---
title: Zip in Python
tags: math, python, computer-science
---
In mathematics, one can have a function $f: X \times Y\to Z$ and write
$f(x,y) = z$, where $x\in X, y\in Y, z\in Z$. Some books take care to
remark that since $X \times Y$ is the domain and $(x,y)\in X\times Y$, one
should in fact write $f((x,y))=z$. In Python, this distinction is
accomplished using the star (`*`) in function calls. So for example if
one had a sequence of parameters $(a_i)_{i=0}^n$, then one can write
$$
f(\star(a_i)_{i=0}^n) = f(a_{0}, \ldots, a_n)
$$
Now, the built-in function `zip` in Python takes the $i$th element from
each iterable in some sequence, and forms a tuple for each $i$, then
places all these tuples in one final list. Concretely, suppose we are
given some sequence $x = ((x_{i,j})_{j={0}}^m)_{i={0}}^n$. Incidentally,
this sequence can be visualized as an $(n+1)\times (m+1)$ matrix:
$$
\begin{pmatrix}
(x_{0,0}, \ldots, x_{0,m}) \\
\vdots \\
(x_{n,0}, \ldots, x_{n,m})
\end{pmatrix}
$$
Now let us examine what $\mathrm{zip}(\star x)$ means. The star unpacks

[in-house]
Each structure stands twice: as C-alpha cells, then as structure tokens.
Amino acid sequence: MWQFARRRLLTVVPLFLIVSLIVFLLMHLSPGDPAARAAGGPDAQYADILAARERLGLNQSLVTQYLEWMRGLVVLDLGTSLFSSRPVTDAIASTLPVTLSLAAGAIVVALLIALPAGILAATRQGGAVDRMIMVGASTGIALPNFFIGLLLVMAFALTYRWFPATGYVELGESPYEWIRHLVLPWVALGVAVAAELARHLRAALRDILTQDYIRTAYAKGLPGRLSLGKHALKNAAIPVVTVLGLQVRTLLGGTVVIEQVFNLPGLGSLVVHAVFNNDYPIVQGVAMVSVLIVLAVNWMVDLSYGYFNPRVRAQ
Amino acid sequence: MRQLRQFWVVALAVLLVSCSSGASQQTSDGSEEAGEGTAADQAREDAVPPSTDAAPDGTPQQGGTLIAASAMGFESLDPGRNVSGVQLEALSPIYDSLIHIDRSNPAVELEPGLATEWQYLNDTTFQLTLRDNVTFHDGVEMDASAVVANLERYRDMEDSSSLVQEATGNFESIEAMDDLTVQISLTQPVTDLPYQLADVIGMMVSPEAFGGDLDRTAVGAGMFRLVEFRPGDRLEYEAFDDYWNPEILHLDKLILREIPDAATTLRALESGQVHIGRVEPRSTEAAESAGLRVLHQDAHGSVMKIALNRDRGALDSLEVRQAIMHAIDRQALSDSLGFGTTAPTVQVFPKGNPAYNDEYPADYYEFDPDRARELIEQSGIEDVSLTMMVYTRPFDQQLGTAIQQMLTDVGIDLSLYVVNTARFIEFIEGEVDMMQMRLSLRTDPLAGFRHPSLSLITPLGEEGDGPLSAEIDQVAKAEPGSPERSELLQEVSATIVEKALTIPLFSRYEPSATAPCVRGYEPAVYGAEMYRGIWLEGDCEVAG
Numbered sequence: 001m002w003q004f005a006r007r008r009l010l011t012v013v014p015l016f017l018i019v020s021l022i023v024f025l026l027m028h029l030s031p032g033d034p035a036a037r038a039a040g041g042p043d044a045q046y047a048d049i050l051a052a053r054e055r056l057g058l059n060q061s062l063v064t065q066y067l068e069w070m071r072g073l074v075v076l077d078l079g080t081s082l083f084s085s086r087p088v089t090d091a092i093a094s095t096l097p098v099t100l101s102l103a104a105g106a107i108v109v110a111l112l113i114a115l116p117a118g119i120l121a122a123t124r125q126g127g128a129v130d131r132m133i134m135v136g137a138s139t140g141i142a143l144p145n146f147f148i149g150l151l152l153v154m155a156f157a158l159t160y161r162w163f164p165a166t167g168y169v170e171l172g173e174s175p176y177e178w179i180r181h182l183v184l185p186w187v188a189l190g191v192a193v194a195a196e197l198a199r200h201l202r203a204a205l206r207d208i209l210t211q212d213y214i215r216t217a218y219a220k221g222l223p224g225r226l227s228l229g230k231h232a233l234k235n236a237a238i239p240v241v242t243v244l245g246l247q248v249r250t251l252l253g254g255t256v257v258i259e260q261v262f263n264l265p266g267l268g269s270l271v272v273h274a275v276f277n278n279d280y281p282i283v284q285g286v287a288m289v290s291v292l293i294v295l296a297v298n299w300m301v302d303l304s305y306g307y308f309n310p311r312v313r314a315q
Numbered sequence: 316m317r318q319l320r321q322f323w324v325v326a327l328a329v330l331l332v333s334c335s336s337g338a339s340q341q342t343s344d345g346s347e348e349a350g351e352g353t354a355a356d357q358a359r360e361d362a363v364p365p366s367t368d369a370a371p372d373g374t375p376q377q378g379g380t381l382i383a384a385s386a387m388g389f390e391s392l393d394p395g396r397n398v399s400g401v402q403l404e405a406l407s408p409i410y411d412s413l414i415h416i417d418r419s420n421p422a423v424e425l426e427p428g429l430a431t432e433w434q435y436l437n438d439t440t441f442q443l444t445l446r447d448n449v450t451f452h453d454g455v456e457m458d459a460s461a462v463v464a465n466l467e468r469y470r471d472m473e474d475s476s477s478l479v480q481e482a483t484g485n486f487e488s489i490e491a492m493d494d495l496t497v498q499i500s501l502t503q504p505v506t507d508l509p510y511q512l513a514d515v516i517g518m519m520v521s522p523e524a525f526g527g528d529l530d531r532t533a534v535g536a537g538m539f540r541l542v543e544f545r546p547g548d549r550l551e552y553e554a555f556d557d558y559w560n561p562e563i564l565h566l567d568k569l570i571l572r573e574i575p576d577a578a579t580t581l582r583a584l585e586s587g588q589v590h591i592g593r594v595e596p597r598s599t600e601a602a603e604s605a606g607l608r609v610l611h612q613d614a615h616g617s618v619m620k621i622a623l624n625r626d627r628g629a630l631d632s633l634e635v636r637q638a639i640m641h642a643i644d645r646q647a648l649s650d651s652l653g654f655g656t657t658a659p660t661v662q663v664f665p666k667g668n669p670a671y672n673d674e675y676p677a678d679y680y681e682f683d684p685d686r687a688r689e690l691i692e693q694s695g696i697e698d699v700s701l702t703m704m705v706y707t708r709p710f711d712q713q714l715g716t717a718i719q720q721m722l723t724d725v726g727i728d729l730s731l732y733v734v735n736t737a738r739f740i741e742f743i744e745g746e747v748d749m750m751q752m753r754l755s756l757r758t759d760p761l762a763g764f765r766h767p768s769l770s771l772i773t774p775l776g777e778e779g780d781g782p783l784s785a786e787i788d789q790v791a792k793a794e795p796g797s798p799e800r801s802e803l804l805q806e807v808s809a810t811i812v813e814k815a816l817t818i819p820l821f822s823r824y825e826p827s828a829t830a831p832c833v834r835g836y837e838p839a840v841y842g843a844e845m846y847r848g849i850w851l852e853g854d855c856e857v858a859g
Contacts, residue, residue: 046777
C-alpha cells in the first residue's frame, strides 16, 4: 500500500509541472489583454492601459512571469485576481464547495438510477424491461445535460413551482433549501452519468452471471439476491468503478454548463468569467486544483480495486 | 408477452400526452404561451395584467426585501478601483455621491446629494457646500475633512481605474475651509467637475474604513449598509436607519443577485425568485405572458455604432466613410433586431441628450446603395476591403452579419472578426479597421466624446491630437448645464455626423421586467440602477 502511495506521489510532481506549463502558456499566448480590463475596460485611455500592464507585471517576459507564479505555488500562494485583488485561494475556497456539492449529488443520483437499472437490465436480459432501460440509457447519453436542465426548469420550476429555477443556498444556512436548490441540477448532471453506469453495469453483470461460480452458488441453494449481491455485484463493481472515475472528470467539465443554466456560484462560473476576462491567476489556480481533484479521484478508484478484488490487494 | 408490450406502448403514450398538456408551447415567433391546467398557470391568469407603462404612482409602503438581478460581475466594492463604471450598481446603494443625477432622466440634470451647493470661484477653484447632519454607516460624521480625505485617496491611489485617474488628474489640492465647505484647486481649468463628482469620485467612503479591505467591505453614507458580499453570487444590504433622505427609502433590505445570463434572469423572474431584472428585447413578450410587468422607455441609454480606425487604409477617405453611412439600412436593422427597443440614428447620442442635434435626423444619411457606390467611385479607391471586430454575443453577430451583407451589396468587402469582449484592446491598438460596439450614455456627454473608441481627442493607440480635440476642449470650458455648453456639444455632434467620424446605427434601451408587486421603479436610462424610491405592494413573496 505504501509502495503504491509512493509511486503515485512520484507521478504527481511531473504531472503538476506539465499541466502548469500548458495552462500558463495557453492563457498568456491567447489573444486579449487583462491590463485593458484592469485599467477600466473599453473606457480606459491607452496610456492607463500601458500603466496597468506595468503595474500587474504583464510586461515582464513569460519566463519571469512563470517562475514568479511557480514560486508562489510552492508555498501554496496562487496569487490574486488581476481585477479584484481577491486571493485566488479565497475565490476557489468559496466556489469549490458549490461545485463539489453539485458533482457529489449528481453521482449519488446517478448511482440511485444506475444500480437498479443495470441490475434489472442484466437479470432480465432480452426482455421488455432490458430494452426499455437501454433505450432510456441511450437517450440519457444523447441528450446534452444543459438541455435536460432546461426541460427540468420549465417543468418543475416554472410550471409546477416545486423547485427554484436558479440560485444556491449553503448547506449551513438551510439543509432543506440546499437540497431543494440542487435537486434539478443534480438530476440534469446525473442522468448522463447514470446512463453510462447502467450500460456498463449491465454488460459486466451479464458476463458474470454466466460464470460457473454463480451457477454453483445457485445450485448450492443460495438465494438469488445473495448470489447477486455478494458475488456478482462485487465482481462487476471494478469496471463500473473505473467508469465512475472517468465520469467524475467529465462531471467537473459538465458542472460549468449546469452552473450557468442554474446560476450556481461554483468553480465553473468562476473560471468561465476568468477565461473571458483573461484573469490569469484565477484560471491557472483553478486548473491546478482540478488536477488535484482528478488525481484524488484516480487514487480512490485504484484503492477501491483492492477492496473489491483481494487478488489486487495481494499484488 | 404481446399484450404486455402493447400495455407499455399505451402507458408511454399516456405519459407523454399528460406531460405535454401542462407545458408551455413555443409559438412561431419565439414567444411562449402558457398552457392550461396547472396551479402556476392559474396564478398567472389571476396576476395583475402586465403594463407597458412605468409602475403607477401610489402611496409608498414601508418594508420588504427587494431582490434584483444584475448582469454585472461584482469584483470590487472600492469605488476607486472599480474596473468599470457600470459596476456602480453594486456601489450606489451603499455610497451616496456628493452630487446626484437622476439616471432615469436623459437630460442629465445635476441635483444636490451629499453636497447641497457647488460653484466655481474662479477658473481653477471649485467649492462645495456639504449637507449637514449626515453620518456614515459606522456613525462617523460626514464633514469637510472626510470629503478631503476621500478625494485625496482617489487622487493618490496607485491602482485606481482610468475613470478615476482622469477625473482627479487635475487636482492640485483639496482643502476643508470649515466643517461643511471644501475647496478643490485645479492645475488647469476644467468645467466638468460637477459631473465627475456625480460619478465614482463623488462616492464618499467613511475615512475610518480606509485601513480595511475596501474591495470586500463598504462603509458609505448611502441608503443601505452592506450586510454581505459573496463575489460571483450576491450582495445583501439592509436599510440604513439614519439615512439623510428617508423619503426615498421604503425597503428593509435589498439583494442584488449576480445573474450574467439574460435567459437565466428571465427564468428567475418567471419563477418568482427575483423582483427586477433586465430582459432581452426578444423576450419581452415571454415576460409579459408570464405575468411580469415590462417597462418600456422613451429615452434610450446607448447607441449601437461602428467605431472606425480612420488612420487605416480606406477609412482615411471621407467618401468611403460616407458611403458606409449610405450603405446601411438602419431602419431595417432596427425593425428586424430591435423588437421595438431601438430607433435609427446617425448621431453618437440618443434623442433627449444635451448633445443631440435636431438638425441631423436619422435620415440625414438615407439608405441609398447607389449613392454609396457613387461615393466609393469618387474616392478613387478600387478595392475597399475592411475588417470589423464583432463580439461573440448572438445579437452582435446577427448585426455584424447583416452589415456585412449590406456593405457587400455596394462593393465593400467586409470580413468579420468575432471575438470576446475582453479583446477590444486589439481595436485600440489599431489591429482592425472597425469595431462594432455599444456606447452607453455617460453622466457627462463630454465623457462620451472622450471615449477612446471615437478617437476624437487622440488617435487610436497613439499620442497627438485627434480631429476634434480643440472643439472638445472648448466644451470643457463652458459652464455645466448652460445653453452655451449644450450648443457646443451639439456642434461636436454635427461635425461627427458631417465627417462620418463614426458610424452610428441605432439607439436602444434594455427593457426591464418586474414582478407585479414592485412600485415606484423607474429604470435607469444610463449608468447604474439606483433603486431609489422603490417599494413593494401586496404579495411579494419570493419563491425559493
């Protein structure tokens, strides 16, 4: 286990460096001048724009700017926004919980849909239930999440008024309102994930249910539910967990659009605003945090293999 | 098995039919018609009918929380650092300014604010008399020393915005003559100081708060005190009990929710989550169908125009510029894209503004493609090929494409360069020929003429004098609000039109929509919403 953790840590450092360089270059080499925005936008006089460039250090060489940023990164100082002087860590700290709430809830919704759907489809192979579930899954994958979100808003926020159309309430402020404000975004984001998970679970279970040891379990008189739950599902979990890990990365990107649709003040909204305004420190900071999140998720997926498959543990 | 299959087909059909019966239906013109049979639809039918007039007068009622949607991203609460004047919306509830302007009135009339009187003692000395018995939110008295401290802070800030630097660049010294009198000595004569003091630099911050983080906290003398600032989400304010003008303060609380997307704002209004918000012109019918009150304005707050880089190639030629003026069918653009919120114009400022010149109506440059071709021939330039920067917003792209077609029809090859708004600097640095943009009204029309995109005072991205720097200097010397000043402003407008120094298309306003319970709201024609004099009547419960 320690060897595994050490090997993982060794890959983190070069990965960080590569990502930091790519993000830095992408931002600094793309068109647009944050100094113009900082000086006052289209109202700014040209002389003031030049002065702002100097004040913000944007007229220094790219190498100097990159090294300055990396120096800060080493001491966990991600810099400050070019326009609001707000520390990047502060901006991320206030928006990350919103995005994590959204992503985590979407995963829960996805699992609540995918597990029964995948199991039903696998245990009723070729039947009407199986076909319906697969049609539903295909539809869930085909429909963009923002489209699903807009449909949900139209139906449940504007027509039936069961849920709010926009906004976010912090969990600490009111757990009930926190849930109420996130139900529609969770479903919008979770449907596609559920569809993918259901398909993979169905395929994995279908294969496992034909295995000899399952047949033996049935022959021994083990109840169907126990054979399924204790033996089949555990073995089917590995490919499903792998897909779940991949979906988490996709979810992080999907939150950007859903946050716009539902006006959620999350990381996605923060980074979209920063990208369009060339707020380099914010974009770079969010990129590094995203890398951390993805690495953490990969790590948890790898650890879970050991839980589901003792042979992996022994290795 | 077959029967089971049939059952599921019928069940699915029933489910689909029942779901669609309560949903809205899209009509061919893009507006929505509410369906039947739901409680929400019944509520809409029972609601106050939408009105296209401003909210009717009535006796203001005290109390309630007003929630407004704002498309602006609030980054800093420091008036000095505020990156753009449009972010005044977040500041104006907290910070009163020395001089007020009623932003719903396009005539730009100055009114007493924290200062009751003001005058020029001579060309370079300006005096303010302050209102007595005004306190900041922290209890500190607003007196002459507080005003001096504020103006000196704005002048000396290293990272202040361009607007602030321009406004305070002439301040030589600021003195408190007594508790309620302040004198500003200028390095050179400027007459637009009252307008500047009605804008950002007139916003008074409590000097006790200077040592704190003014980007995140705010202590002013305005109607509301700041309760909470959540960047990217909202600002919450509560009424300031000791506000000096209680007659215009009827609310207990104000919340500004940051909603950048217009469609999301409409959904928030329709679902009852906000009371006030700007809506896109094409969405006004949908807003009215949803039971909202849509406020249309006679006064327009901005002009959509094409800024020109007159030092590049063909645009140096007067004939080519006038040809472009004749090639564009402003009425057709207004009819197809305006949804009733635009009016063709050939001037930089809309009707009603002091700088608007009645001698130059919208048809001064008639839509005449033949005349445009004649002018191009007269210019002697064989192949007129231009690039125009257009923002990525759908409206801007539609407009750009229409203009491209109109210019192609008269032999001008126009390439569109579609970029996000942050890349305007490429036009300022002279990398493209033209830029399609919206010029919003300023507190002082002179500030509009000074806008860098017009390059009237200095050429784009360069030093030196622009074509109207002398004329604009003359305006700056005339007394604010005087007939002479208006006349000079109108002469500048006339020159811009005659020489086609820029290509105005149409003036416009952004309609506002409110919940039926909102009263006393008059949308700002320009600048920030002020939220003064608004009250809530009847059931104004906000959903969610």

the first layer of the sequence, leaving us with
$$
\mathrm{zip}((x_{0,0}, \ldots, x_{0,m}), \ldots, (x_{n,0}, \ldots,
x_{n,m}))
$$
Now, $\mathrm{zip}$ will first take the $0$th element from each
argument, forming the sequence $(x_{0,0},\ldots,x_{n,0})$; then it will
take the elements in position $1$ from each argument, forming the
sequence $(x_{0,1}, \ldots, x_{n,1})$; this process continues until we
reach the sequence $(x_{0,m},\ldots,x_{n,m})$. Finally, $\mathrm{zip}$
will place everything in a sequence of its own, and we obtain a new
matrix:
$$
\begin{pmatrix}
(x_{0,0},\ldots,x_{n,0}) \\
\vdots \\
(x_{0,m},\ldots,x_{n,m})
\end{pmatrix}
$$
In other words, everything that was horizontal is now vertical, and the
converse holds as well---that is, $\mathrm{zip}$ maps each matrix $x$ to
its [transpose] $x^T$ (or, more specifically, $\mathrm{zip}$ maps each
matrix $x = (w_0, \ldots, w_n)^T$ with row-vectors $w_0, \ldots, w_n$ to
the matrix $(w_0^T, \ldots, w_n^T)$, and then forms row-vectors in the
new matrix). If we decide to repeat this operation, we get the original
matrix back. In other words, $x = \mathrm{zip}(\star\mathrm{zip}(\star
x))$.
[transpose]: https://en.wikipedia.org/wiki/Transpose
To give an example of this identity in Python:
``` python
>>> x = (1, 2, 3)
>>> y = (4, 5, 6)
>>> lst = [x, y]
>>> lst == zip(*zip(*lst))
True
```